Born and raised in Southern California, Karla Bonoff was a songwriter by the age of fifteen. She and her sister Lisa were writing songs and playing as a duo titled “The Daughters of Chester P” named after their father, Dr. Chester Paul Bonoff. Karla had already fallen in love with the guitar and studied with Frank Hamilton of the famous folk group, The Weavers. By 16, Karla and Lisa auditioned for Elektra Records. An 11-song demo (recorded by Doors’ engineer Bruce Botnick) was recorded, but no deal came of this first effort.
Karla’s sister became a teacher of history and religion, but Karla’s passion was always music. She became friends with other singer-songwriters and musicians in the ’60s who were creating their own unique sound. There were some other writer-singers who became friends of Karla’s, and eventually, they decided to put a band together. They were Kenny Edwards (who had started the Stone Poneys with Linda Ronstadt and Bobby Kimmel), Wendy Waldman, and Andrew Gold. Something powerful in their combined sound drew them together. Thus the band Bryndle was born – one of the early songwriter groups, even before the Eagles. The band made an album for A&M, but it was never released. They were, unfortunately, a bit ahead of their time.
As Ronstadt was scoring hits with Karla Bonoff songs, Karla herself was signed as a solo artist to Columbia Records in 1977. There, she not only recorded the three songs Linda had done, but also the hit single “I Can’t Hold On” and the tune “Home,” which later wound up on one of Bonnie Raitt’s albums. She went from there to coveted spots on major tours, opening for James Taylor and Jackson Browne and earning a rave review in Time magazine. Two subsequent albums, “Restless Nights” (1979) and “Wild Heart of the Young” (1982) established Karla as one of LA’s major artists and songwriters.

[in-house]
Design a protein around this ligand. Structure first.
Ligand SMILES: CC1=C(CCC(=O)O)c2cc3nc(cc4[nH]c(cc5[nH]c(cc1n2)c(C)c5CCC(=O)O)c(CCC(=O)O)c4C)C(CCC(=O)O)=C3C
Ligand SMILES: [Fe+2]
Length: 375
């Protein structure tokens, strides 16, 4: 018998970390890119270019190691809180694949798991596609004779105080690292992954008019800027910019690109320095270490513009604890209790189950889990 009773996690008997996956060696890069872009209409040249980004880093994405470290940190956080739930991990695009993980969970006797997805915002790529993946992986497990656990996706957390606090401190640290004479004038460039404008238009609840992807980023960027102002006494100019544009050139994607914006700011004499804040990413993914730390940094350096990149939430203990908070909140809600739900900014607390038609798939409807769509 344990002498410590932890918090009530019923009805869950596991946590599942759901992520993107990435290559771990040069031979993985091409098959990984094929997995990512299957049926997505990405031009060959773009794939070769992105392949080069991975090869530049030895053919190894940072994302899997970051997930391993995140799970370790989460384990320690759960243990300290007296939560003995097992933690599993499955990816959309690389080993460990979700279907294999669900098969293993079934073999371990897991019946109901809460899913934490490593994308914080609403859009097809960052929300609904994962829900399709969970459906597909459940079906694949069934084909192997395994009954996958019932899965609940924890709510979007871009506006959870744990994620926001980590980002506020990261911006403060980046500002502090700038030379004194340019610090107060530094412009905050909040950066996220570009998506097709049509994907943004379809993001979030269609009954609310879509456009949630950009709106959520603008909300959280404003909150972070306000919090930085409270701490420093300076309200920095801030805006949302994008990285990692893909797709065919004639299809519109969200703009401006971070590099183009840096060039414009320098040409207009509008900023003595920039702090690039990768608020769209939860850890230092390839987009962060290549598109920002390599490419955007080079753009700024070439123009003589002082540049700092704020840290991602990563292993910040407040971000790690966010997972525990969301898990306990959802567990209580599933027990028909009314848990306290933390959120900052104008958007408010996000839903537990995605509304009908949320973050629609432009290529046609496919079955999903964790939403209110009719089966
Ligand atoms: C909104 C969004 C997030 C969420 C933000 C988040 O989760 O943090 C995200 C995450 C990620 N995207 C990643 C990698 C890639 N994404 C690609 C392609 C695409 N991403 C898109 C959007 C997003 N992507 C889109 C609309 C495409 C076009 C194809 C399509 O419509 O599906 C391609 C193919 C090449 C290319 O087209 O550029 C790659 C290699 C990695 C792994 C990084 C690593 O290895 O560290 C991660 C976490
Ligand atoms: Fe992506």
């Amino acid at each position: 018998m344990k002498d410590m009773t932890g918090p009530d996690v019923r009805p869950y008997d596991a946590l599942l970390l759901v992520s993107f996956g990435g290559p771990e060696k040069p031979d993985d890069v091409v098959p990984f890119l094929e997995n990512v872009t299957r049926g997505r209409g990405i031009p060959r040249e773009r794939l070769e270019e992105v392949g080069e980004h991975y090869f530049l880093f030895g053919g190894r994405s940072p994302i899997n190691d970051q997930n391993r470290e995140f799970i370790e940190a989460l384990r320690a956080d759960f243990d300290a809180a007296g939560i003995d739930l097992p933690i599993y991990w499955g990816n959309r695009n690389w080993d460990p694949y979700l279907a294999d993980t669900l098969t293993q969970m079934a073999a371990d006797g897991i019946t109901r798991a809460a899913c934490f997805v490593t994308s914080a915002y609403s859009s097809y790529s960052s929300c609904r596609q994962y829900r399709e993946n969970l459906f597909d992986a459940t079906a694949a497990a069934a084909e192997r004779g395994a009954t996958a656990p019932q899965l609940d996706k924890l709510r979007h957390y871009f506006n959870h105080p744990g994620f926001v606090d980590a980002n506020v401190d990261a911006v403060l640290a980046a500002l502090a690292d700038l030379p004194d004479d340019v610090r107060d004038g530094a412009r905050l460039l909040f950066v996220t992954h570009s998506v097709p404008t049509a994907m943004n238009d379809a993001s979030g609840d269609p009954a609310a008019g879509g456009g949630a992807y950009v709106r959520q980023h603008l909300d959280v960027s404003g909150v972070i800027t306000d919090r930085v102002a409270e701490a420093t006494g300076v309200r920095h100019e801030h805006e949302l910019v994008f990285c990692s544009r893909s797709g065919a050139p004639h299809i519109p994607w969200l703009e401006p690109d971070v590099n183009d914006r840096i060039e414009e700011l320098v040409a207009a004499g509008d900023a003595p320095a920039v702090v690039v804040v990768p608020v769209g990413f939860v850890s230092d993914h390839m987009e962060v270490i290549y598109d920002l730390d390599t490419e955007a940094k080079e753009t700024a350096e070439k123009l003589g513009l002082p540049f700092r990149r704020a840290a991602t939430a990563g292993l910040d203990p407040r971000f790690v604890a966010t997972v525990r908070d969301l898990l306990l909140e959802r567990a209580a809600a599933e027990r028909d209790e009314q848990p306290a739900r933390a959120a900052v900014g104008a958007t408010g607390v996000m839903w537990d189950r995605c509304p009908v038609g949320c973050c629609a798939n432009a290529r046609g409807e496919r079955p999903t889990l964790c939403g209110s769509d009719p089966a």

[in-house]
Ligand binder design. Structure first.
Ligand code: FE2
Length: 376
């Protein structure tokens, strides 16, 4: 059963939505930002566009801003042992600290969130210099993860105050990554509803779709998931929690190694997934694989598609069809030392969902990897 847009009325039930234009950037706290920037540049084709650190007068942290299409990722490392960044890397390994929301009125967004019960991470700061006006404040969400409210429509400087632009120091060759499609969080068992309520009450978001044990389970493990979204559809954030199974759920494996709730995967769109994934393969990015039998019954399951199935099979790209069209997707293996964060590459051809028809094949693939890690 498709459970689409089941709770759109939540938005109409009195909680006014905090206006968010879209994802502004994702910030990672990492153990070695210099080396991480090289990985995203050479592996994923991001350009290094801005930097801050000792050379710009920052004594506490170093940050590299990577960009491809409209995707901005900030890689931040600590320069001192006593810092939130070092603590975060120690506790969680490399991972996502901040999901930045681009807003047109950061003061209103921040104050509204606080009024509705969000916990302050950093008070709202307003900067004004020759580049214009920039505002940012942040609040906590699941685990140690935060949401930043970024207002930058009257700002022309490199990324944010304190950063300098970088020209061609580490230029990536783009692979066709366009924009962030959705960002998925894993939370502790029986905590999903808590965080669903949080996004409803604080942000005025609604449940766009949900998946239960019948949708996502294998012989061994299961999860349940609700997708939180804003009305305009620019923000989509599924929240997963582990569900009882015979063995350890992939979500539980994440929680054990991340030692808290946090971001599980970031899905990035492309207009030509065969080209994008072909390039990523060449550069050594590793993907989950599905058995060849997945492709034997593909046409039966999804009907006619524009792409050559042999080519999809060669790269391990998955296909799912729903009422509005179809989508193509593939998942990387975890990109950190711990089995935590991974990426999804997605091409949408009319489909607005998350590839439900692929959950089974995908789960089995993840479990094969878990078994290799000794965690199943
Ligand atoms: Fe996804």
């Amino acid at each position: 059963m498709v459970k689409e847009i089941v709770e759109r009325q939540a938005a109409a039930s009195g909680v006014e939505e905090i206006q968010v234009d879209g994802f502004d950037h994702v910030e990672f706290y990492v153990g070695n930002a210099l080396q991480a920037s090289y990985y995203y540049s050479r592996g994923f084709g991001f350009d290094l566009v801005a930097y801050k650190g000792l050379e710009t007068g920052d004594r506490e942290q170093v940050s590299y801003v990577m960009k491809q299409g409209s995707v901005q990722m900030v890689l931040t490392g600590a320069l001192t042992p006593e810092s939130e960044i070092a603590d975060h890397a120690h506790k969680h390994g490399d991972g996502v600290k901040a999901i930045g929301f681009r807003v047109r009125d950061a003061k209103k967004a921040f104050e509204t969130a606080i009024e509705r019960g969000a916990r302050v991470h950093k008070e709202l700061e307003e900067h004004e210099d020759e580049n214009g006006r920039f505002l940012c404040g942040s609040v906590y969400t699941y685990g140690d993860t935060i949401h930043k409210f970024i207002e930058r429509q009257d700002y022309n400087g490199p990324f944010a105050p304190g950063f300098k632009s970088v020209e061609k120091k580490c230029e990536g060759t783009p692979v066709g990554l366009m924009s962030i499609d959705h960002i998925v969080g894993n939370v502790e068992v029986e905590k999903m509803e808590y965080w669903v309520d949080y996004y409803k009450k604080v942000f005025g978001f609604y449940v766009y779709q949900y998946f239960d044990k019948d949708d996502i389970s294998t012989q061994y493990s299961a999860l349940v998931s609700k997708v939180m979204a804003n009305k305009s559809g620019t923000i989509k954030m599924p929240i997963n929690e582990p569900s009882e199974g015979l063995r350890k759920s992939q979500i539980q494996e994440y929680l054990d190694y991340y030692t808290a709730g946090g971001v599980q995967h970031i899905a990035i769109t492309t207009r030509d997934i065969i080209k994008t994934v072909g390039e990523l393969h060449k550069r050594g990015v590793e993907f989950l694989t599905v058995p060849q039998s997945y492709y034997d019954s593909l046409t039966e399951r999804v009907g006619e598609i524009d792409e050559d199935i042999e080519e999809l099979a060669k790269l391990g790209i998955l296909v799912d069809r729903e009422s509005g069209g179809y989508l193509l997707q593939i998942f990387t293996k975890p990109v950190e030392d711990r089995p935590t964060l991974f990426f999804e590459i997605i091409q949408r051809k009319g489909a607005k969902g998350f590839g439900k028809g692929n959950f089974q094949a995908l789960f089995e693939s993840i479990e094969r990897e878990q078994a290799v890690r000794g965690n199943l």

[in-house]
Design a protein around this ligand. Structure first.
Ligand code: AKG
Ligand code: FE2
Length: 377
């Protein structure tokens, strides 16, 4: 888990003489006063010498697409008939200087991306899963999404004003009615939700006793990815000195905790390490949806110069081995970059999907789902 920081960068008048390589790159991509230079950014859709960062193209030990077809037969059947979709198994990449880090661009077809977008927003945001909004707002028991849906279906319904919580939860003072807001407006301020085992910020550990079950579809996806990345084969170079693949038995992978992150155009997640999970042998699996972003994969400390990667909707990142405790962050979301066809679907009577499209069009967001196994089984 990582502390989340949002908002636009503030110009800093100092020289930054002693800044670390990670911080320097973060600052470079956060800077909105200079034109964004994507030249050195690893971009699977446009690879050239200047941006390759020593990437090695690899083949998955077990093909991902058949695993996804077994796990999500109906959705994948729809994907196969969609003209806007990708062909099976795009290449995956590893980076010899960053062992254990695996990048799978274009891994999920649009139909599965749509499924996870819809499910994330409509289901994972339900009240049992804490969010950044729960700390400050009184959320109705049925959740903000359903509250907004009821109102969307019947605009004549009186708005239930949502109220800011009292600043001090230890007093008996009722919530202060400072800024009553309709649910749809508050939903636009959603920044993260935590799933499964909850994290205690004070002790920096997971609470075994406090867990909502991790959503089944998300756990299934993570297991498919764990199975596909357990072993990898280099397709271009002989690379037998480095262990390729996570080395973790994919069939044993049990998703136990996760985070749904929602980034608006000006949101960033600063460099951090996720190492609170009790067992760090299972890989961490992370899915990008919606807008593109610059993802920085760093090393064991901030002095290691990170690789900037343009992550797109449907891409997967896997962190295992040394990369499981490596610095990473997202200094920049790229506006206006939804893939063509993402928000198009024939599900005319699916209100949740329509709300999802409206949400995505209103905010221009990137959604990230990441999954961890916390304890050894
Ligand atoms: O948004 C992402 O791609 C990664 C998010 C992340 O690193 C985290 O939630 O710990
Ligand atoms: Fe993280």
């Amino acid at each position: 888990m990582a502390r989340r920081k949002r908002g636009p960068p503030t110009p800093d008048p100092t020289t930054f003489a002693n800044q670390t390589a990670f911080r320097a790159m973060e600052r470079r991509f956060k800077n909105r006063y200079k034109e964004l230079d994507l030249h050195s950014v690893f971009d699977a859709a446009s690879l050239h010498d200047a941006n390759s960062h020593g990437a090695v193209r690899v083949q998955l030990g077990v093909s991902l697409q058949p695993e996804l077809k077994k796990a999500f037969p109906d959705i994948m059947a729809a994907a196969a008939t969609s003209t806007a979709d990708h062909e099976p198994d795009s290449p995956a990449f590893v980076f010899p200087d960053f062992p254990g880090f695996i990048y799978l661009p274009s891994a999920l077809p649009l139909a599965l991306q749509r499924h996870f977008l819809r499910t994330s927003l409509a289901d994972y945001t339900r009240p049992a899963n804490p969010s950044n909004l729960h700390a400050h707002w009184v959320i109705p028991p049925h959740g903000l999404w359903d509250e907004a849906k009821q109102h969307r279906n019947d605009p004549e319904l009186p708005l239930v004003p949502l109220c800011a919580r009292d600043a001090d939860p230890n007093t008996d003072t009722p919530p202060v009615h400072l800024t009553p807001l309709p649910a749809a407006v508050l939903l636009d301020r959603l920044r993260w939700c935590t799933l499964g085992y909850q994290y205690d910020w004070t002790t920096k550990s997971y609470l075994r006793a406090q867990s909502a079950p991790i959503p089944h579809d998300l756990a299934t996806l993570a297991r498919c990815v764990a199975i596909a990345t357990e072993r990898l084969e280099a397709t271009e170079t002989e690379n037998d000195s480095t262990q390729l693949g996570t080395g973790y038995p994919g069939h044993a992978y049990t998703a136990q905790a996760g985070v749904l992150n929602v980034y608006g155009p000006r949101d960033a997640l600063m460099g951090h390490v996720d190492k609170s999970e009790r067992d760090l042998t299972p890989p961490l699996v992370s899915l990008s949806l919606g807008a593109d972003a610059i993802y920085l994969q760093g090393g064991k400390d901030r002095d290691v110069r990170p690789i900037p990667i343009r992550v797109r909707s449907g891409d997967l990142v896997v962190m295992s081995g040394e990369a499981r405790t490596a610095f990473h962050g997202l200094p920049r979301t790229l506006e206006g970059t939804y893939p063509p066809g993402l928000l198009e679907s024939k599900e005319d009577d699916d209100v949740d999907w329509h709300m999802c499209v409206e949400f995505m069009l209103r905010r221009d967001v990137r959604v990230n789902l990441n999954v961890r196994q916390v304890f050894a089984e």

In 1999, Sony/CBS Legacy released “All My Life – The Best of Karla Bonoff,” a 16-song fully remastered collection spanning Karla’s entire career. An extensive article by Billboard Editor-In-Chief Timothy White and an interview with Karla were included with the CD.
Karla continues to perform all over America. Often after her concerts, Karla talks with fans and signs CDs and well-worn LP covers people bring to her shows.
Karla’s legacy as a writer and perseverance as a performer are spoken best in a Billboard Magazine review of Karla’s “All My Life” recording: “Long before Alanis and Jewel, there was a breed of singer/songwriters whose earthly anthems of soul-searching, heartache and joy touched souls in a way few can muster today.”
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